Carrying the Greek's Heir(59)

By: Sharon Kendrick

 He traced a thoughtful finger over the angled line of her collarbone. He had wanted to go through a second marriage ceremony—a big glitzy occasion at the Greek Cathedral in London, intended as a mark of his love for her because he felt she’d been short-changed last time. For a while Ellie had been agreeable—even consulting a wedding planner and hearing about the rival merits of a string quartet versus an old-fashioned bouzouki band for the reception. Until one morning at breakfast, she’d told him she didn’t need declarations or lavish gestures. That it was enough to know he cared, and in the private moments of their precious relationship his heartfelt words of love meant more than a truckload of confetti.

 And wasn’t that another aspect of her personality which made him love her so much? That the things she cared about weren’t the things which so many people strived for. She didn’t need to put on a show or make some kind of statement. She didn’t need to prove anything. Diamonds she could take or leave, and, although she wore silky tea dresses because she knew he liked them, she was happiest in a pair of jeans and a T-shirt. She was still Ellie—the same straightforward, uncomplicated woman he’d first fallen for—and he wouldn’t want her any other way.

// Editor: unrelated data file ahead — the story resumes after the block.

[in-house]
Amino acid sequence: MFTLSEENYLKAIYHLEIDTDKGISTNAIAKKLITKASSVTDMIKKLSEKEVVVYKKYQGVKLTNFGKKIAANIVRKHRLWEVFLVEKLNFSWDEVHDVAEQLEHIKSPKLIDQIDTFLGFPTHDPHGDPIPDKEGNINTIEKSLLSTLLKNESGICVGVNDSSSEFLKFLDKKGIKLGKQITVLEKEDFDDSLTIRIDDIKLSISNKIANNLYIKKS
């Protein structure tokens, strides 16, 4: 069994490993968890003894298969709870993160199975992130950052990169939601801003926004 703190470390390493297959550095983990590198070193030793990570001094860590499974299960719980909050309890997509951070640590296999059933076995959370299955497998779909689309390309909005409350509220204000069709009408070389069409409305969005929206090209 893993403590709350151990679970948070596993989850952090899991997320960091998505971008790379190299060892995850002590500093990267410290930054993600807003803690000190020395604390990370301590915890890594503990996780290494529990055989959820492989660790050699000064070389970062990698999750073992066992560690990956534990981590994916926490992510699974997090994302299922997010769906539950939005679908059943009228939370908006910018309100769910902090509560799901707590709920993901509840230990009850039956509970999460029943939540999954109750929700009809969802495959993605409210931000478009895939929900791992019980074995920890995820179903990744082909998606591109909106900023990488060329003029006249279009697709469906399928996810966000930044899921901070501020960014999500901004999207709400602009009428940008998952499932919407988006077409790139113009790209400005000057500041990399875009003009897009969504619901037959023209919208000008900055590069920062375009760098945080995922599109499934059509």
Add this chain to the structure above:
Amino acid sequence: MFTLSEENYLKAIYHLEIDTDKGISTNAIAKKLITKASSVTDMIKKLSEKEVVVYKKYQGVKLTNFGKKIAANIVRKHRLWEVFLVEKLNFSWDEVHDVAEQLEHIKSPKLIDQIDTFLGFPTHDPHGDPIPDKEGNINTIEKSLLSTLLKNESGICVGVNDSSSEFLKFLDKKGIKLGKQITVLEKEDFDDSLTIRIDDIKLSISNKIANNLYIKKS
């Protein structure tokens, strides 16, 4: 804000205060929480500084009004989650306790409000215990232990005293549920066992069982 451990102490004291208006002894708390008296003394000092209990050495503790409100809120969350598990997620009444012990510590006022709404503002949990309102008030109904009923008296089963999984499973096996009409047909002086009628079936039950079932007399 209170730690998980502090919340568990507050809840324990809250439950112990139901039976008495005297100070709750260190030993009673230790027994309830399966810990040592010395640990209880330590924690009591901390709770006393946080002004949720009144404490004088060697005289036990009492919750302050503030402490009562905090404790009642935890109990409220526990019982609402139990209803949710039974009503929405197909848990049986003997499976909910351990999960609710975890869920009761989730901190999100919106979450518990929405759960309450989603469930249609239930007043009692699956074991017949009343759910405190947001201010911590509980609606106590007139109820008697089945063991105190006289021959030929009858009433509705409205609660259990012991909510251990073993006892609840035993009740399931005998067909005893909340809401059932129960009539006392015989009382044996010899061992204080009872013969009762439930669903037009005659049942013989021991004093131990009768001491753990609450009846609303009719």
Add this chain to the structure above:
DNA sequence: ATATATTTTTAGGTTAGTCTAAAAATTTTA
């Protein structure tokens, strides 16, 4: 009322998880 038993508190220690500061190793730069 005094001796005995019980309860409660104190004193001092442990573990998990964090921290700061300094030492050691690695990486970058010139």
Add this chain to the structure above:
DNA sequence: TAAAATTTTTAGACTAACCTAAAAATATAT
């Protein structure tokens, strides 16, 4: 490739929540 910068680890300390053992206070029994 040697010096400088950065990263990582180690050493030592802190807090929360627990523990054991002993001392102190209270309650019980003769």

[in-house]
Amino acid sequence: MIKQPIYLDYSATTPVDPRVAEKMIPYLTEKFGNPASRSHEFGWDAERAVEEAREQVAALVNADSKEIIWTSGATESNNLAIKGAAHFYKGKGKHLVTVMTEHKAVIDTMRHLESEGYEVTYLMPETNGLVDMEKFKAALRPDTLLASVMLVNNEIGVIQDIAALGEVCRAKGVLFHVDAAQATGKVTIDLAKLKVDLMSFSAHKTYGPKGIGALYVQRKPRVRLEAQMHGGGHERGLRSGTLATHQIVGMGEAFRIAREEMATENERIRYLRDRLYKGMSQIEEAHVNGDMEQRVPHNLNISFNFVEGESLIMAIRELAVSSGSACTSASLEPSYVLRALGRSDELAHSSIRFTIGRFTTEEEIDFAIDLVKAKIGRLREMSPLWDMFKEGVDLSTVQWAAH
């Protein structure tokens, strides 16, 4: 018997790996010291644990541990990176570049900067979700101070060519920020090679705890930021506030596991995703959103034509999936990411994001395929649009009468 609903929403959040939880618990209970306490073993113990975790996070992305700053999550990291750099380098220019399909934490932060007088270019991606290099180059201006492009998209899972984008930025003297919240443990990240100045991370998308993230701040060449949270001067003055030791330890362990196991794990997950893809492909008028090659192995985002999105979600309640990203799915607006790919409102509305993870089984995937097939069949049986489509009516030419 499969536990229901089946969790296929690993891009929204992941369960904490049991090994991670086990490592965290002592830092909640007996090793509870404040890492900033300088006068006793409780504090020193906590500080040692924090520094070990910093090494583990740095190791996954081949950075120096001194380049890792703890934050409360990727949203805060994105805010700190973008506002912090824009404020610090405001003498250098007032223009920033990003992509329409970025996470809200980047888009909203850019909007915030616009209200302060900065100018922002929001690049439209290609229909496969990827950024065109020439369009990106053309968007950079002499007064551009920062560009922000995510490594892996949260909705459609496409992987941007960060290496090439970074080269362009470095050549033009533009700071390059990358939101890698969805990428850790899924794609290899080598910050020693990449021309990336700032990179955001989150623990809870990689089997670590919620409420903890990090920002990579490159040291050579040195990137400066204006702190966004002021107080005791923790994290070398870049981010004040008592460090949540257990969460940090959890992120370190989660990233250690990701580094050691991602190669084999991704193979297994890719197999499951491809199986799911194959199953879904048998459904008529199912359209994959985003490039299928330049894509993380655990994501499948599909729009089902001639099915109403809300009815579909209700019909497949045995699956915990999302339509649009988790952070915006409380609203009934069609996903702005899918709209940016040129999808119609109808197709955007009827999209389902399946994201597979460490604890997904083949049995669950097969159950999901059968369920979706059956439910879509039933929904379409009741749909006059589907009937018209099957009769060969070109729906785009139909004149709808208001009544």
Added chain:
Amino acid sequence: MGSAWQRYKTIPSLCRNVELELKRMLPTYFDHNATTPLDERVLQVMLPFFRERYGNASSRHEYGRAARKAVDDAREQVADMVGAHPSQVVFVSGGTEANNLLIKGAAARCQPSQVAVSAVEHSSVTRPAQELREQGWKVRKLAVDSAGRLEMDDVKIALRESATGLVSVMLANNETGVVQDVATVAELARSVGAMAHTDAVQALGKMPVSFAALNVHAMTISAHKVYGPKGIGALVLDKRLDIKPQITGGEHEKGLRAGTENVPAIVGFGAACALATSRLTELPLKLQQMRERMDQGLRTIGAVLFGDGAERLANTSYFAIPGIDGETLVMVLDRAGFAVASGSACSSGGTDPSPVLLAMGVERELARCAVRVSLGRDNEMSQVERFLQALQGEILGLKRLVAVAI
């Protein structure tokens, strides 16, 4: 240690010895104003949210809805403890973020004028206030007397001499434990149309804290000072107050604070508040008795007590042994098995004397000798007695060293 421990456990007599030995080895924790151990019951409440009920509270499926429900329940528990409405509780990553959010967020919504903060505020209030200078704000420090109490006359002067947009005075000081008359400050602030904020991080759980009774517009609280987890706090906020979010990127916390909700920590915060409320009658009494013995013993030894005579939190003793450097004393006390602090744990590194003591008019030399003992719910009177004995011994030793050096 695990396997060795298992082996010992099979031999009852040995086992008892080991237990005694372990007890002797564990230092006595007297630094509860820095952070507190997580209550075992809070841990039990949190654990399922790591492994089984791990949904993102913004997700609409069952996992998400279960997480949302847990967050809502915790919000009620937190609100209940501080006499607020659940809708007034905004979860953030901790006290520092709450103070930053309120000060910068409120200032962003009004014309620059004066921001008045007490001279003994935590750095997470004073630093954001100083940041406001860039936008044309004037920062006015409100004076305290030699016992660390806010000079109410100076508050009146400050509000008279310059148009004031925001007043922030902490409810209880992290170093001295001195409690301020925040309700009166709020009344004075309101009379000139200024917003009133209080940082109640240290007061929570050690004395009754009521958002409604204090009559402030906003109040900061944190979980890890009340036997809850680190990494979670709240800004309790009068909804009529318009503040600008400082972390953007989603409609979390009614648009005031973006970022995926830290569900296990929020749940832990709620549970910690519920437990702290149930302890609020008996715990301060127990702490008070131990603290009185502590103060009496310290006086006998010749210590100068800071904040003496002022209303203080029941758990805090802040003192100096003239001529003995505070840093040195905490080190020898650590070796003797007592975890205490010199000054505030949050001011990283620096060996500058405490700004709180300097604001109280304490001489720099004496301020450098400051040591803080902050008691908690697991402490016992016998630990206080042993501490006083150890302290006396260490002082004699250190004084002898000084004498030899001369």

He reached for her breasts and cupped them and she made a purring little sound in the back of her throat, because she liked it. Theos, but he liked it, too. But then he liked everything about his soft and beautiful wife.

 ‘Shall I make love to you now?’ he questioned.

 She touched her fingertips to the dark shadow of his jaw and followed it up with the slow drift of her lips. ‘Oh, yes, please,’ she whispered.

 They were in the place of his birth, but they could have been anywhere. A place which had once symbolised darkness and heartbreak, but not any more. Because Ellie made everywhere feel like the home he’d never really had. Ellie breathed life into his life. He bent his head and kissed her as the night herons gathered around the lapping bay outside their window.

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